Plans are in place to convert the A96 between Inverness and Nairn to a dual carriageway and to construct a southern bypass that would link the A9, A82 and A96 together involving crossings of the Caledonian Canal and the River Ness in the Torvean area, southwest of the town.
The bypass, known as the Inverness Trunk Road Link (TRL), is aimed at resolving Inverness’s transport problems and has been split into two separate projects, the east and west sections. The east section will bypass Inshes Roundabout, a notorious traffic bottleneck, using a new road linking the existing Southern Distributor with the A9 and the A96, both via grade separated interchanges. This proposed new link road would bypass Inshes roundabout, as stated before, and separate strategic traffic from local traffic as well as accommodating proposals for new development at the West Seafield Retail and Business Park and also a new UHI campus.
At the west end, two options for crossing the river and canal were developed. One involving a high level vertical opening bridge which will allow the majority of canal traffic to pass under without the need for opening. The other involved a bridge over the river and an aqueduct under the canal. Both of these designs are technically complex and were considered in detail along by the key stakeholders involved in the project. Ultimately it was decided that a bridge over the river and a tunnel under the canal were the best option, although more expensive.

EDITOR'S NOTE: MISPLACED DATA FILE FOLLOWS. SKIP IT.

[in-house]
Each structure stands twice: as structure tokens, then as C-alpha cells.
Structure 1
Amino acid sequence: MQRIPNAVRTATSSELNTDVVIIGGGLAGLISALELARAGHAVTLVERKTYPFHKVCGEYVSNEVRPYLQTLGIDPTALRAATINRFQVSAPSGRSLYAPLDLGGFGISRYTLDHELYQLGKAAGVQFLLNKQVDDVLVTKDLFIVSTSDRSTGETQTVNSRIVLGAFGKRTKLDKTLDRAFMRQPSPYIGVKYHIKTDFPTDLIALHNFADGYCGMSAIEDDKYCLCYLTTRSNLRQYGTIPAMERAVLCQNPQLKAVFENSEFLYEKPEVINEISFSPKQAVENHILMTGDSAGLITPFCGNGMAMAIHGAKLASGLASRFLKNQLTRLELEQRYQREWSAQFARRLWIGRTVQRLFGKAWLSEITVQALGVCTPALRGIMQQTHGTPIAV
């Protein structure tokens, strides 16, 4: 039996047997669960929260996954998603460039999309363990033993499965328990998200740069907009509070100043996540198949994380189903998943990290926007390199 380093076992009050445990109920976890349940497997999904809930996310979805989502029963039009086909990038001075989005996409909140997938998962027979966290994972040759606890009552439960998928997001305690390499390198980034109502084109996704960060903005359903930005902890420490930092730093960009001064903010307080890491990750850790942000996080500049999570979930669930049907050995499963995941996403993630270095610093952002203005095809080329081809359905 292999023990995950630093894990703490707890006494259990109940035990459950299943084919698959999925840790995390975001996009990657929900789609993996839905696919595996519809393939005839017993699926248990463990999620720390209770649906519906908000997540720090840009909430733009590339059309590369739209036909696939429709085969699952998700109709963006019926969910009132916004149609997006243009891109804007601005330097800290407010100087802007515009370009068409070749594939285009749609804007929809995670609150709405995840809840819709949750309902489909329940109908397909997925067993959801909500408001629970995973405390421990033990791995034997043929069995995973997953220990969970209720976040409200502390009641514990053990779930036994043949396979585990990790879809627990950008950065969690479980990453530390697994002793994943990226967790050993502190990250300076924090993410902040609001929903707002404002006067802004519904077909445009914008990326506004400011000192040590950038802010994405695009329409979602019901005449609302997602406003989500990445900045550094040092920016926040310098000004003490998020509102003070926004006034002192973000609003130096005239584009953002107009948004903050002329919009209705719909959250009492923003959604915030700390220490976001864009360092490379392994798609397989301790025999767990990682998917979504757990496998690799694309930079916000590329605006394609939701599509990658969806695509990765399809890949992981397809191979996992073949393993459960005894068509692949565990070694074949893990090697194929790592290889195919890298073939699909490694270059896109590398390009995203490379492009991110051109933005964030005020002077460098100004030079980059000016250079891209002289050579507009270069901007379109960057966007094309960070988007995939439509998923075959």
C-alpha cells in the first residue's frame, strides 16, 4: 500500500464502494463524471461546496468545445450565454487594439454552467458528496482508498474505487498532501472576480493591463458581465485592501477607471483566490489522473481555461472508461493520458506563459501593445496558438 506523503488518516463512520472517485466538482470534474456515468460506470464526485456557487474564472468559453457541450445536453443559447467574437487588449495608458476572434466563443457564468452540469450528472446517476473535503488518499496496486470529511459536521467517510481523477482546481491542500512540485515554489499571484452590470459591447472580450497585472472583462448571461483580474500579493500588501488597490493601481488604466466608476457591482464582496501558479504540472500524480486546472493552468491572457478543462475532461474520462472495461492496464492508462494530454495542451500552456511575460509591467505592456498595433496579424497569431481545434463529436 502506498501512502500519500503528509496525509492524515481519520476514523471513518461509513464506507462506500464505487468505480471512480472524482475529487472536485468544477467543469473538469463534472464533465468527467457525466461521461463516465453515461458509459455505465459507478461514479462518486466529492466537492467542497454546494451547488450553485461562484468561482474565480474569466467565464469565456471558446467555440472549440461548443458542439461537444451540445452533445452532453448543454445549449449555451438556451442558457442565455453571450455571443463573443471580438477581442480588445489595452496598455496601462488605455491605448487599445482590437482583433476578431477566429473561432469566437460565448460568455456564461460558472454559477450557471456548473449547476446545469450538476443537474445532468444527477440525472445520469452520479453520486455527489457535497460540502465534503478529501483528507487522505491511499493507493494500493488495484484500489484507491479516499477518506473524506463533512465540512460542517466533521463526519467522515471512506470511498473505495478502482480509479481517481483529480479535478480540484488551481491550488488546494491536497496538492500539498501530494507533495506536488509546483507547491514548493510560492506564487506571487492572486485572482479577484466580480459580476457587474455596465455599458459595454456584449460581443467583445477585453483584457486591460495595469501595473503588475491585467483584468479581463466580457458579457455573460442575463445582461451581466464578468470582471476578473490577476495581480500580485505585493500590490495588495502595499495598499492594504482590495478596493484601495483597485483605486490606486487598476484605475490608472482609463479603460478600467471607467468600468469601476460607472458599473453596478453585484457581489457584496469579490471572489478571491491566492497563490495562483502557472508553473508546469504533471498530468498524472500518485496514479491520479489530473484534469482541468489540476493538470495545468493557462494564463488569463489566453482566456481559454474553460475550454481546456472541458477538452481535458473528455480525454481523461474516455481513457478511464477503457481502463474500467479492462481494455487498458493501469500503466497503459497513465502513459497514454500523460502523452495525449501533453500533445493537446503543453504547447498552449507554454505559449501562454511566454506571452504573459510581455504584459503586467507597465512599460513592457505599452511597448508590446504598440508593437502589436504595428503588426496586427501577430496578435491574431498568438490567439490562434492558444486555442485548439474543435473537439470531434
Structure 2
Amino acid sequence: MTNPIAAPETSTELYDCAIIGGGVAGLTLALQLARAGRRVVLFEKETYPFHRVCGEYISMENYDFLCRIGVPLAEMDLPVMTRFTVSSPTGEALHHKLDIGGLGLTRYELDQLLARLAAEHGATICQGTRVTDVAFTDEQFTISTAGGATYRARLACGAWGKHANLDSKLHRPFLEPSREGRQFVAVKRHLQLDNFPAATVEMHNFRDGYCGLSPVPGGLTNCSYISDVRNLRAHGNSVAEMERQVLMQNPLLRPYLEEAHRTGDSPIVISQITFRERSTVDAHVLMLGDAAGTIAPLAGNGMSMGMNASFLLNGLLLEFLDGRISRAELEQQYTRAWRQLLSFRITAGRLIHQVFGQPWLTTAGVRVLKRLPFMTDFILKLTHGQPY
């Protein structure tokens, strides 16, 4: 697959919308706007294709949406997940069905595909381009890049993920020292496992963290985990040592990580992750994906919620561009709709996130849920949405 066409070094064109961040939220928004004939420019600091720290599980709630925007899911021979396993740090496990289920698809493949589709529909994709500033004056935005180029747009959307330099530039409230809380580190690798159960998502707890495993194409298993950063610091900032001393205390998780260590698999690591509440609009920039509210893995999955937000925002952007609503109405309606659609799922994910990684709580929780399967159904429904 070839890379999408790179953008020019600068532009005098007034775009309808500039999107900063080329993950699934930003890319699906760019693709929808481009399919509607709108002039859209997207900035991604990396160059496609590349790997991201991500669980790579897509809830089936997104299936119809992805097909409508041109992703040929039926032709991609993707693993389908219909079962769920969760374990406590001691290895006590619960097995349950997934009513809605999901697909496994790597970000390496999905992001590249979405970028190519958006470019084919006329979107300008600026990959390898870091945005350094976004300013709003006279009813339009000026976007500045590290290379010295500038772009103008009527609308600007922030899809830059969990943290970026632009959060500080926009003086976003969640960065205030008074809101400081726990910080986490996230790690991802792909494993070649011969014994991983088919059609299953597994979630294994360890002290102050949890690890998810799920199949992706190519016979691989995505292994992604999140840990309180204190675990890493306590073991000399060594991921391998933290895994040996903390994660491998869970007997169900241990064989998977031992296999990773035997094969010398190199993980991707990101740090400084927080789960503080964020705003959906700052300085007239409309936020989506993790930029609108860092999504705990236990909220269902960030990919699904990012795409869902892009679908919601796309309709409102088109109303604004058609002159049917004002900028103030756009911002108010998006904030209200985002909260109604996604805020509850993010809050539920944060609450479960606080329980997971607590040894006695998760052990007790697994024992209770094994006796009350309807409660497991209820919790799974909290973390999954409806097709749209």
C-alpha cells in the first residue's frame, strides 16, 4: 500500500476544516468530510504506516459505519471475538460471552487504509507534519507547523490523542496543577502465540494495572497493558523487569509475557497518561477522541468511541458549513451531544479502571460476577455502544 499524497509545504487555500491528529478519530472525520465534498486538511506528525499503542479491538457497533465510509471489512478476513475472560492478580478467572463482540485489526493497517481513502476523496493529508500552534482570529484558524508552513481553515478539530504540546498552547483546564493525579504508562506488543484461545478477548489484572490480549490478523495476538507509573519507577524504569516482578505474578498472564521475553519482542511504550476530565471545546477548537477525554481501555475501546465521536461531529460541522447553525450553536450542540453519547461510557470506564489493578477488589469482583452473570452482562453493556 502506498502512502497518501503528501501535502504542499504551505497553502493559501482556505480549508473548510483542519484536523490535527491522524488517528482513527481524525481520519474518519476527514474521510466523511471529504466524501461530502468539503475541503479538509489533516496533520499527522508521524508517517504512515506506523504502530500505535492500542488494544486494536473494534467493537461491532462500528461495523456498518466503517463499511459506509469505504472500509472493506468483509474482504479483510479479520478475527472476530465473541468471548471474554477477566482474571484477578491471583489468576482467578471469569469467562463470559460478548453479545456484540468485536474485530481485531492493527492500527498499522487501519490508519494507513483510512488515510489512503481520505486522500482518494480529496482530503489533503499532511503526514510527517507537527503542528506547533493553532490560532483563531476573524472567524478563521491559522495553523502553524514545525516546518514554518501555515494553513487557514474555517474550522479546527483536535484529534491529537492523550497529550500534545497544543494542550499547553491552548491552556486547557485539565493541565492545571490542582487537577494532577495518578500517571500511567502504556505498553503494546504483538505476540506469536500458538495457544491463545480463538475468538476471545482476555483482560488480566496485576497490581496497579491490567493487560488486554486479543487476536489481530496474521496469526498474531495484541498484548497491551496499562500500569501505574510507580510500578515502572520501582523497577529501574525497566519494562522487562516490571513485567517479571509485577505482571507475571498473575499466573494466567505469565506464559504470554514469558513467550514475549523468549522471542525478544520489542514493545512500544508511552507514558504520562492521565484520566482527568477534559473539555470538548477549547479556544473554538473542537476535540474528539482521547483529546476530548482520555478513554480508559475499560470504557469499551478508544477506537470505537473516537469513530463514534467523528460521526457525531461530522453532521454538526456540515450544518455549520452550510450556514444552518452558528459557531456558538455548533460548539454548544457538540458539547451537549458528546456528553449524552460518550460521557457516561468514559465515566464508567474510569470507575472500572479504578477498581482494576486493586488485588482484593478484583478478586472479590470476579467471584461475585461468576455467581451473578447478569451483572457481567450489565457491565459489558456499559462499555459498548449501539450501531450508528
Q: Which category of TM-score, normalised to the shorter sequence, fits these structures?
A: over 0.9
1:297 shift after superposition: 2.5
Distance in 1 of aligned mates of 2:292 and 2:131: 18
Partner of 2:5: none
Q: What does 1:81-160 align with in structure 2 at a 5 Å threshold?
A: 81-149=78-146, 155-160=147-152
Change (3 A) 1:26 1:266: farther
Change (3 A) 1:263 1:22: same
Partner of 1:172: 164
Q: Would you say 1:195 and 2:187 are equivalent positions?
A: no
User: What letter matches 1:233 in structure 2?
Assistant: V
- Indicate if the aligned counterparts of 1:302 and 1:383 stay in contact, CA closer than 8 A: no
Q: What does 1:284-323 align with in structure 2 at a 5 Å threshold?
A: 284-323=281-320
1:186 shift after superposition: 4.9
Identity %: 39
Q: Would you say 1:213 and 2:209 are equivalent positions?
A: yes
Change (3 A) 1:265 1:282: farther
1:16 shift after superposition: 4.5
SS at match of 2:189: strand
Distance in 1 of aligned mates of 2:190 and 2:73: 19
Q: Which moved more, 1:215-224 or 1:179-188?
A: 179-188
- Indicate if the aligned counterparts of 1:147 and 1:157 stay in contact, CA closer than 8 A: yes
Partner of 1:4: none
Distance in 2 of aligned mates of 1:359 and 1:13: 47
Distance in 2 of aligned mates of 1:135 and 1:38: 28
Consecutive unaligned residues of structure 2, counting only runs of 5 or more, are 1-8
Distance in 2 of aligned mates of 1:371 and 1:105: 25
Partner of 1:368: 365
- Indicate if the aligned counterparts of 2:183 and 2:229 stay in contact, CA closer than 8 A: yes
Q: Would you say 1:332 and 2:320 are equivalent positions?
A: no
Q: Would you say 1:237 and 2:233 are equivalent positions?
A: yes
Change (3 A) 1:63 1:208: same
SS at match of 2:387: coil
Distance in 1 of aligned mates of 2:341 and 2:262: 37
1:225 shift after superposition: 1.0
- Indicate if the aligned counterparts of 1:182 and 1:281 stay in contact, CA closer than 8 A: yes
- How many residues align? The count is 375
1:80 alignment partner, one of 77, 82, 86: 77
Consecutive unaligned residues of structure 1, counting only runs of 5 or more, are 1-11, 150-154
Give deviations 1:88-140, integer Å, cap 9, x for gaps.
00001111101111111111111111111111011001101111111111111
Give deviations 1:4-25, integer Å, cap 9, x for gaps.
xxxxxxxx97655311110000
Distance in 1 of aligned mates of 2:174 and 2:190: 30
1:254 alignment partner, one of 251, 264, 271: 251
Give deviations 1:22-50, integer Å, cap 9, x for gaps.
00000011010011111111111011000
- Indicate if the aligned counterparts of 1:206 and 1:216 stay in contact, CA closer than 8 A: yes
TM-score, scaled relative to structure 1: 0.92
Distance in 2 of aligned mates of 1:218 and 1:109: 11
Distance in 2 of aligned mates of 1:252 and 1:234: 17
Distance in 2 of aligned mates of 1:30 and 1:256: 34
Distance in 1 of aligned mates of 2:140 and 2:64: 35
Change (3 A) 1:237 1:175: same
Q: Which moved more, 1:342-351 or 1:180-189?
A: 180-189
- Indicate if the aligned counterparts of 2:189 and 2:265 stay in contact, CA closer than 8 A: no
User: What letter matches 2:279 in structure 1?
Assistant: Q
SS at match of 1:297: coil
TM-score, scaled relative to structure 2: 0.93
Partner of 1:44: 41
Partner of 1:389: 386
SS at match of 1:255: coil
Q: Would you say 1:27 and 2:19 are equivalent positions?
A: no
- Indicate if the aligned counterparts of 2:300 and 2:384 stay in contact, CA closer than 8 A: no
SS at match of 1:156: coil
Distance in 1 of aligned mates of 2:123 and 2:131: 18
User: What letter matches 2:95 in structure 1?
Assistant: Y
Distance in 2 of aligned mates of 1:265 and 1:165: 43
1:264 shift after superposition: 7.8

In late 2008 the controversial decision by the Scottish Government not to include the full Inverness bypass in its transport plan for the next 20 years was made. The government’s Strategic Transport Projects Review did include the eastern section of the route, which will see the A9 at Inshes linked to the A96.
But the absence of the TRL’s western section, which would include a permanent crossing over the Caledonian Canal and River Ness, sparked dismay among several Highland councillors and business leaders in Inverness who feel the bypass is vital for the city’s future economic growth.
Evening at Kessock Bridge
In late 2008 the Scottish Government’s transport plan for the next 20 years was announced. It brings forward planned improvements to the A9 in an attempt to stimulate the economy and protect jobs.
Work costing a total of £8.5 million was undertaken at Moy, Carrbridge and Bankfoot. Northbound overtaking lanes were created and the carriageway was reconstructed at both Moy and Carrbridge. Junction improvements were also made at Moy.
In November 2011 the Scottish Government announced that it will upgrade the entire road from Perth to Inverness to dual carriageway. Work on this project is expected to start in 2015 is scheduled to be completed in 2025, at a cost of £3 billion.
In July 2013, the Scottish Government announced a plan to install average speed cameras on the A9 between Perth and Inverness. This has been undertaken with an aim to reduce accidents and fatalities on the road, and will be the second permanent average speed camera scheme in Scotland.